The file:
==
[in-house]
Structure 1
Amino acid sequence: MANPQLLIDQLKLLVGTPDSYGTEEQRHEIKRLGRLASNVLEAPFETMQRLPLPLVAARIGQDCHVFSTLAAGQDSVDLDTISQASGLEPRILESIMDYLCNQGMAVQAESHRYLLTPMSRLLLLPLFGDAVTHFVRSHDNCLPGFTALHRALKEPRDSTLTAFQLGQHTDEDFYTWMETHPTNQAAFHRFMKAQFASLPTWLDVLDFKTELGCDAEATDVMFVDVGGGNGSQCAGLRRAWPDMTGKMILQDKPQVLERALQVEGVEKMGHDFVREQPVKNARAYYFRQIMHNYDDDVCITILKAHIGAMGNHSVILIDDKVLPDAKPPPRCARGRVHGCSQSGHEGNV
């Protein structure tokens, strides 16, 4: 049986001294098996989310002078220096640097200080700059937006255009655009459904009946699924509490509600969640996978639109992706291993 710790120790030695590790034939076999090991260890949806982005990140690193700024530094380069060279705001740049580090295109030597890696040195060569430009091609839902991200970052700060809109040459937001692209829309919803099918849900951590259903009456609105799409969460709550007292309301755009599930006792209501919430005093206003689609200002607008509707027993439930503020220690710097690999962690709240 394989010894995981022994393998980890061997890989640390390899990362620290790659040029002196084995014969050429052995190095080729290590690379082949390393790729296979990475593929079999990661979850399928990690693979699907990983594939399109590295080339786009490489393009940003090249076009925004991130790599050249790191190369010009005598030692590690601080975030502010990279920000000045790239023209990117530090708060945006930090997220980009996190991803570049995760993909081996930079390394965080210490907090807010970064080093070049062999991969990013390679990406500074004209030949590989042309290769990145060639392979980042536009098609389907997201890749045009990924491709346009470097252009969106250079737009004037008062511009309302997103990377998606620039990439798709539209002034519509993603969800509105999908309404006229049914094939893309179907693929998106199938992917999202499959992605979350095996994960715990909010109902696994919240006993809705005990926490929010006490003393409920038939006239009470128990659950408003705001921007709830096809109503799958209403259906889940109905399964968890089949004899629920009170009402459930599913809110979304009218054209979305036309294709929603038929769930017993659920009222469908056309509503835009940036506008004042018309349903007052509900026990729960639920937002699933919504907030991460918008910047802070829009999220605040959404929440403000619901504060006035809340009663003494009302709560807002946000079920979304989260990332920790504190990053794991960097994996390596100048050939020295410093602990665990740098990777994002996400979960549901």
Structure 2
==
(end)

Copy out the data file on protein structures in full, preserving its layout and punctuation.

[in-house]
Structure 1
Amino acid sequence: MANPQLLIDQLKLLVGTPDSYGTEEQRHEIKRLGRLASNVLEAPFETMQRLPLPLVAARIGQDCHVFSTLAAGQDSVDLDTISQASGLEPRILESIMDYLCNQGMAVQAESHRYLLTPMSRLLLLPLFGDAVTHFVRSHDNCLPGFTALHRALKEPRDSTLTAFQLGQHTDEDFYTWMETHPTNQAAFHRFMKAQFASLPTWLDVLDFKTELGCDAEATDVMFVDVGGGNGSQCAGLRRAWPDMTGKMILQDKPQVLERALQVEGVEKMGHDFVREQPVKNARAYYFRQIMHNYDDDVCITILKAHIGAMGNHSVILIDDKVLPDAKPPPRCARGRVHGCSQSGHEGNV
């Protein structure tokens, strides 16, 4: 049986001294098996989310002078220096640097200080700059937006255009655009459904009946699924509490509600969640996978639109992706291993 710790120790030695590790034939076999090991260890949806982005990140690193700024530094380069060279705001740049580090295109030597890696040195060569430009091609839902991200970052700060809109040459937001692209829309919803099918849900951590259903009456609105799409969460709550007292309301755009599930006792209501919430005093206003689609200002607008509707027993439930503020220690710097690999962690709240 394989010894995981022994393998980890061997890989640390390899990362620290790659040029002196084995014969050429052995190095080729290590690379082949390393790729296979990475593929079999990661979850399928990690693979699907990983594939399109590295080339786009490489393009940003090249076009925004991130790599050249790191190369010009005598030692590690601080975030502010990279920000000045790239023209990117530090708060945006930090997220980009996190991803570049995760993909081996930079390394965080210490907090807010970064080093070049062999991969990013390679990406500074004209030949590989042309290769990145060639392979980042536009098609389907997201890749045009990924491709346009470097252009969106250079737009004037008062511009309302997103990377998606620039990439798709539209002034519509993603969800509105999908309404006229049914094939893309179907693929998106199938992917999202499959992605979350095996994960715990909010109902696994919240006993809705005990926490929010006490003393409920038939006239009470128990659950408003705001921007709830096809109503799958209403259906889940109905399964968890089949004899629920009170009402459930599913809110979304009218054209979305036309294709929603038929769930017993659920009222469908056309509503835009940036506008004042018309349903007052509900026990729960639920937002699933919504907030991460918008910047802070829009999220605040959404929440403000619901504060006035809340009663003494009302709560807002946000079920979304989260990332920790504190990053794991960097994996390596100048050939020295410093602990665990740098990777994002996400979960549901």
Structure 2